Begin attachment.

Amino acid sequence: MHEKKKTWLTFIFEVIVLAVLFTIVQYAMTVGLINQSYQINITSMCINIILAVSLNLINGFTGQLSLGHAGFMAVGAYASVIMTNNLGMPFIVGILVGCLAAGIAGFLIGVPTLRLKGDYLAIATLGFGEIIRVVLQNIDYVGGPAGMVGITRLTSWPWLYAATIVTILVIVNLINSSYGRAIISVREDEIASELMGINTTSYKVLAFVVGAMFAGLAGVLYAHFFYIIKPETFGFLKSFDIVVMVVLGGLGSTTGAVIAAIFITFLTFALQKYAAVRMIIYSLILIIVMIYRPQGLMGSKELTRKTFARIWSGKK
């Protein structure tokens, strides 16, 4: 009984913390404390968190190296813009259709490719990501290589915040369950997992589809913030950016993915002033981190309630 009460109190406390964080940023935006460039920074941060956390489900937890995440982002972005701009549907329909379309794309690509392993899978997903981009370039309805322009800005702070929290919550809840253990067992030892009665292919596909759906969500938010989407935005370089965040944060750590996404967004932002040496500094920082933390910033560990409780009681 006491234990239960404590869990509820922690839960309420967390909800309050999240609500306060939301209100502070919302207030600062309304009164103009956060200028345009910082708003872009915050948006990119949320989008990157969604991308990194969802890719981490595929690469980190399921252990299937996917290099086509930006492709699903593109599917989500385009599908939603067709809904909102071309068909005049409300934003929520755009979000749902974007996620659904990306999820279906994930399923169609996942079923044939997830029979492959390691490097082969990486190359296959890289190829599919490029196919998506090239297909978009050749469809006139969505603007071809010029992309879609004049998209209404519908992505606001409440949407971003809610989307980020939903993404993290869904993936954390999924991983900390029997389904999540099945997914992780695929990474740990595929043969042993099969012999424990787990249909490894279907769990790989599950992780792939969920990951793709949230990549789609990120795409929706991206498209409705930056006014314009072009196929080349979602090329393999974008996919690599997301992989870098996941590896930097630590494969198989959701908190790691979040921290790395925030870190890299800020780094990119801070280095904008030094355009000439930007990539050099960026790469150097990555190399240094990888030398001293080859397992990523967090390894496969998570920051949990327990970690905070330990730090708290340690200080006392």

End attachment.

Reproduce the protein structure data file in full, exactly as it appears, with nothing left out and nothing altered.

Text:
Amino acid sequence: MHEKKKTWLTFIFEVIVLAVLFTIVQYAMTVGLINQSYQINITSMCINIILAVSLNLINGFTGQLSLGHAGFMAVGAYASVIMTNNLGMPFIVGILVGCLAAGIAGFLIGVPTLRLKGDYLAIATLGFGEIIRVVLQNIDYVGGPAGMVGITRLTSWPWLYAATIVTILVIVNLINSSYGRAIISVREDEIASELMGINTTSYKVLAFVVGAMFAGLAGVLYAHFFYIIKPETFGFLKSFDIVVMVVLGGLGSTTGAVIAAIFITFLTFALQKYAAVRMIIYSLILIIVMIYRPQGLMGSKELTRKTFARIWSGKK
């Protein structure tokens, strides 16, 4: 009984913390404390968190190296813009259709490719990501290589915040369950997992589809913030950016993915002033981190309630 009460109190406390964080940023935006460039920074941060956390489900937890995440982002972005701009549907329909379309794309690509392993899978997903981009370039309805322009800005702070929290919550809840253990067992030892009665292919596909759906969500938010989407935005370089965040944060750590996404967004932002040496500094920082933390910033560990409780009681 006491234990239960404590869990509820922690839960309420967390909800309050999240609500306060939301209100502070919302207030600062309304009164103009956060200028345009910082708003872009915050948006990119949320989008990157969604991308990194969802890719981490595929690469980190399921252990299937996917290099086509930006492709699903593109599917989500385009599908939603067709809904909102071309068909005049409300934003929520755009979000749902974007996620659904990306999820279906994930399923169609996942079923044939997830029979492959390691490097082969990486190359296959890289190829599919490029196919998506090239297909978009050749469809006139969505603007071809010029992309879609004049998209209404519908992505606001409440949407971003809610989307980020939903993404993290869904993936954390999924991983900390029997389904999540099945997914992780695929990474740990595929043969042993099969012999424990787990249909490894279907769990790989599950992780792939969920990951793709949230990549789609990120795409929706991206498209409705930056006014314009072009196929080349979602090329393999974008996919690599997301992989870098996941590896930097630590494969198989959701908190790691979040921290790395925030870190890299800020780094990119801070280095904008030094355009000439930007990539050099960026790469150097990555190399240094990888030398001293080859397992990523967090390894496969998570920051949990327990970690905070330990730090708290340690200080006392």